Friday, 15 May 2015

Basic Sourdough Bread with Wild Yeast Starter

When I first read about the sourdough bread, it reminds me of  Chinese old dough mantou (老面馒头), a steamed bun with wild yeast starter before commercial yeast was commonly used. Growing up in northern China, I have been eating old dough mantou as an alternative staple to rice during my childhood. 

I learned the skill of making old dough mantou from my mom and grandma. First-generation old dough is made with flour and water with 40-50% hydration. After mixing, cover it and let it ferment at room temperature. It's ready to be used after a day or two depending on the weather. It's known that old dough of many generations of age produces fluffy mantou with more distinctive flavor. In the past, almost every family in northern China has an old dough reserved from the previous manto sessions. Speaking of this, it was 30 years ago, and I am not so sure our neighbors in China still have the old dough at home. At least, my mom does not have one now. Commercial yeast has replaced naturally occurring airborne yeasts in fermentation due to its fast rise and predictability.

Similar to Chinese old dough,  traditionally sourdough starters were passed down from generation to generation. If you don't have one, you can make from scratch. All you need is flour, water, and time.  Simply mix equal part of flour and water (by weight) . Let it sit in a container for a few days at room temperature until it bubbles.  Then, feed it with new flour and water on a constant schedule for about five days, or until the starter is strong enough to levin a loaf of bread. I learned this through internet recently (refer to here and here for the method I used).  Now my sourdough starter is only one month old. I am feeding it on weekly basis. Believe me,  there is real joy and satisfactory to keep the starter alive! I call it my "pet".

Look at the bubbles in my sourdough starter. It shows that wild yeast is active and multiplying! I bake once a week using my sourdough starter. After each use, replace with new dough to maintain its weight. With proper care,  sourdough starter can last for years!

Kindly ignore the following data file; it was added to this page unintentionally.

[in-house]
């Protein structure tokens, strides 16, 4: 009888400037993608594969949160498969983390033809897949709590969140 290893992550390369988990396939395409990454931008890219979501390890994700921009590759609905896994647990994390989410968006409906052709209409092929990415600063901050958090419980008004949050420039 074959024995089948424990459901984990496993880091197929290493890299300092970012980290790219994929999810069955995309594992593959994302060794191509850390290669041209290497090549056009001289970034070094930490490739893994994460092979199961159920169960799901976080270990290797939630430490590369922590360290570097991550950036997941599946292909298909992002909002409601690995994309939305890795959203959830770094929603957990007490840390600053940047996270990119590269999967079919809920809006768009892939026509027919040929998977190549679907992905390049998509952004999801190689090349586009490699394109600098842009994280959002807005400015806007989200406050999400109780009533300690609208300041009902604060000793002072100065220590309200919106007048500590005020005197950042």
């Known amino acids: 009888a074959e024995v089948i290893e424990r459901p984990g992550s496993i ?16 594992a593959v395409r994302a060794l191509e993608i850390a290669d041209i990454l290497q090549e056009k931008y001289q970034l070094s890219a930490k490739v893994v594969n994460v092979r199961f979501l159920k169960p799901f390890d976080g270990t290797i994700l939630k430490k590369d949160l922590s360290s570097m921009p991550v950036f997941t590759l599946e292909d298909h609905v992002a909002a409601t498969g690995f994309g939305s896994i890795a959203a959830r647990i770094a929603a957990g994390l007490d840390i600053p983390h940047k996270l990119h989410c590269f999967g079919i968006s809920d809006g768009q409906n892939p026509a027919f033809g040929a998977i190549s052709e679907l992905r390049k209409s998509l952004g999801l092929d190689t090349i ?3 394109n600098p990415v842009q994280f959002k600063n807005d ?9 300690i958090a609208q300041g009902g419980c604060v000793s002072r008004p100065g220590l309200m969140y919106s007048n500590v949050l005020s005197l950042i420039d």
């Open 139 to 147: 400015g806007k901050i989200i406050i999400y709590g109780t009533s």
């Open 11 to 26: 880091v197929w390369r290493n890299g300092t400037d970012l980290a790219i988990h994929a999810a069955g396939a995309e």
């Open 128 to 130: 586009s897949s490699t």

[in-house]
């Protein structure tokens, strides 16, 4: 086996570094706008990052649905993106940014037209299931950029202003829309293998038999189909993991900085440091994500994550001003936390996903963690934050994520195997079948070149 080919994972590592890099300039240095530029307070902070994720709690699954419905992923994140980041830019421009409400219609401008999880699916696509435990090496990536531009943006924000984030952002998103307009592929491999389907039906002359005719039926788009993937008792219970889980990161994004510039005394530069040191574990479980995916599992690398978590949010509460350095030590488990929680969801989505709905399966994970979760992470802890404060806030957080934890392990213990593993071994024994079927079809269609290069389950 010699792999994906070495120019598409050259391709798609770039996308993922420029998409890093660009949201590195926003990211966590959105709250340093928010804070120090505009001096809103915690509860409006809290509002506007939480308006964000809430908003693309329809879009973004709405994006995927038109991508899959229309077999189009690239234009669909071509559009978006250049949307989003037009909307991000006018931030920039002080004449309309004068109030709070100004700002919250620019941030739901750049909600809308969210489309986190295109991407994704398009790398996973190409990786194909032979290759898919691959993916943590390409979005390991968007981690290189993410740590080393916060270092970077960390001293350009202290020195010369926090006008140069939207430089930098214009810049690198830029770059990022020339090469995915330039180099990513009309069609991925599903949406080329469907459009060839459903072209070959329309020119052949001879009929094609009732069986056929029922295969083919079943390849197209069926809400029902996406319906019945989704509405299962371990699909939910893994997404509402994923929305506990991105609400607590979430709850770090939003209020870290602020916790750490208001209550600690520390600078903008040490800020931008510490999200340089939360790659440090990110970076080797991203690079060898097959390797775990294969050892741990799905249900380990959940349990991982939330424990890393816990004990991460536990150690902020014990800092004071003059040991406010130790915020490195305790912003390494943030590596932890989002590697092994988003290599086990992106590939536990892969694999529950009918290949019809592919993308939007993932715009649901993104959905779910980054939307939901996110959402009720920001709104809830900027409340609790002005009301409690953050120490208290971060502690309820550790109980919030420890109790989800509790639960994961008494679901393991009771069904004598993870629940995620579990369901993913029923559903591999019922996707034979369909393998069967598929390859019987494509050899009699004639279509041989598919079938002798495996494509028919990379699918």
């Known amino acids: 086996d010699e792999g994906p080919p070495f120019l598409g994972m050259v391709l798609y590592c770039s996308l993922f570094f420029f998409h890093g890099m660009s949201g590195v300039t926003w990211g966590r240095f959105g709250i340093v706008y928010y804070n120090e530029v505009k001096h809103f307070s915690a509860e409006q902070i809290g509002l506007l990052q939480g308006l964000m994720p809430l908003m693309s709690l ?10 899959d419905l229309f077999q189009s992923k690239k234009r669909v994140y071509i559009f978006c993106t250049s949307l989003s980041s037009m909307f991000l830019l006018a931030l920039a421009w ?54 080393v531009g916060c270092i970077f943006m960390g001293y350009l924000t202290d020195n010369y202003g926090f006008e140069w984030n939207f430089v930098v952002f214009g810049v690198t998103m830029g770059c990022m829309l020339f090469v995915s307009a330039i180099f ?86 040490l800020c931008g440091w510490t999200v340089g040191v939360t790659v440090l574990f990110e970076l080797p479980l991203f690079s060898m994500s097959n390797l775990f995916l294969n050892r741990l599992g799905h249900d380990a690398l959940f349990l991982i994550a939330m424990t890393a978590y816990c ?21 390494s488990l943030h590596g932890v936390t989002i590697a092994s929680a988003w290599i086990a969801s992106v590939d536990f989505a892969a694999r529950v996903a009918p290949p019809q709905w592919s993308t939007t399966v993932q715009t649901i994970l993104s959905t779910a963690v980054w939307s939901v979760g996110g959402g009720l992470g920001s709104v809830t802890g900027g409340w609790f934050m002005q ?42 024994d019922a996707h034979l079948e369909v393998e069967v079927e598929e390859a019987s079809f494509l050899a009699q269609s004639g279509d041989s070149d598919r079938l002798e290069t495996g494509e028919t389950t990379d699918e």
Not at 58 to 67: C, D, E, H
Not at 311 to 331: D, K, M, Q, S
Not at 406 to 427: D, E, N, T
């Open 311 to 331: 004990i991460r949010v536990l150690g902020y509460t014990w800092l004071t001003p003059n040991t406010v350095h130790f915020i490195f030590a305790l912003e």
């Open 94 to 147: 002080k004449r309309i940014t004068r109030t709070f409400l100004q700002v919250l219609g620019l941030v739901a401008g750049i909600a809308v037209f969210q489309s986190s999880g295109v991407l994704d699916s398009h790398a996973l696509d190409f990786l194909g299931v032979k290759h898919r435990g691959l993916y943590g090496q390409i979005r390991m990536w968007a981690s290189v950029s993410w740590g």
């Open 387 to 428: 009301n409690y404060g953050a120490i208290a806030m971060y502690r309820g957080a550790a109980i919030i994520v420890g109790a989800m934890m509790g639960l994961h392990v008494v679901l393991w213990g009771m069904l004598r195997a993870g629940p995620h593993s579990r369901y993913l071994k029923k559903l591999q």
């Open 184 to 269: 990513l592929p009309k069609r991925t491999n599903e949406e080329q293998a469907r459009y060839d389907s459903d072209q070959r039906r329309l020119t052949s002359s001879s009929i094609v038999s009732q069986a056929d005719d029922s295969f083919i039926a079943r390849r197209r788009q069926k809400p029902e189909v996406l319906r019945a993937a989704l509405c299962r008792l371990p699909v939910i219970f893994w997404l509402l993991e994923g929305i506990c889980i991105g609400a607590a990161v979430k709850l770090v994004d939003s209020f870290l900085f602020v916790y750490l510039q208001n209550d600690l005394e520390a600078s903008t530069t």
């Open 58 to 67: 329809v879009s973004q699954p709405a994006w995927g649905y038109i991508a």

Both old dough mantou and sourdough bread takes 4-6 hours to ferment during Summer time whereas commercial yeast bread/bun only takes 40-50 minutes.  The long and slow fermentation process has great health benefit. It improves the nutrient features of starch, and important nutrients such as iron, zinc and magnesium, antioxidants, folic acid and other B vitamins become easier for our bodies to absorb. After learned all the science and the health benefit of naturally-leavened products, I am thinking of making old dough mantou and sourdough bread the starch staples for my family, from now on.

My sourdough bread has mild sour taste and soft chewy texture with a crusty outside. As the starter matures, I believe the bread will be more mellow and complex.   There are so many wonderful sourdough bread recipes out there, I will explore more and bring more sourdough bread to my family's dinner table.  My whole family love sourdough bread,  it goes perfectly with all types of soup, especially creamy tomato soup, full of flavor!

(make 2 loaves)

  • 250g active, fed sourdough starter (100% hydration)
  • 500g Bread flour 高筋面粉
  • 250g water 水
  • 1 teaspoon fine sea salt 盐
  • 2-3 tablespoons olive oil  橄榄油
  • egg wash : 1 egg + 1 teaspoon water (optional)
  • semolina for dusting

Directions: (Weather : Summer; Temp: 28-30°C)
  1. In a large bowl, mix flour, starter and water until all combined together.
  2. Cover with cling wrap and leave it in a warm spot and let rise until double in size, approximately 4 -6 hours.

  3. Remove the dough from the bowl, and place onto the floured station so that it does not stick. 
  4. Sprinkle salt over the dough, gently fold the edges from the outside in to form a round loaf. Add olive oil as you fold and shape the dough.
  5. Coat the bottom of the baking tin (* my oven is not big enough for the dutch oven, I used a 26cm oval ramekin ) with semolina. Place the dough inside for a second shorter rise, about 1-2 hours. It is ready when the dough is puffy.
  6. Right before your bread goes into the oven, make shallow slashes about 2 inches long in the center of the dough. Brush the top with egg wash, or sprinkle with semolina. 
  7. Preheat your oven at 230°C.
  8. Place your bread into the oven and reduce the temperature to 200°C.  Pour boiling water into a pan beneath to keep high humidity. Bake for 50-60 minutes. During the last 10 minutes of baking, crack open the oven door. This allows the moisture to escape, leaving your bread with a crisp crust.
  9. Remove the bread from the oven, and cool on a wire rack for at least an hour before slicing. 

Recipe and method referenced here and here.

1 comment:

  1. Hello! I’m a novice sourdough baker and keen to make some old dough as I love steamed buns (mantou especially as my father is from northern China originally). I wonder if you can tell me how long it might take to make old dough, without commercial yeast? I made my sourdough starter and this took 10 days with daily feeds. Do you feed the old dough daily too? Thank you!


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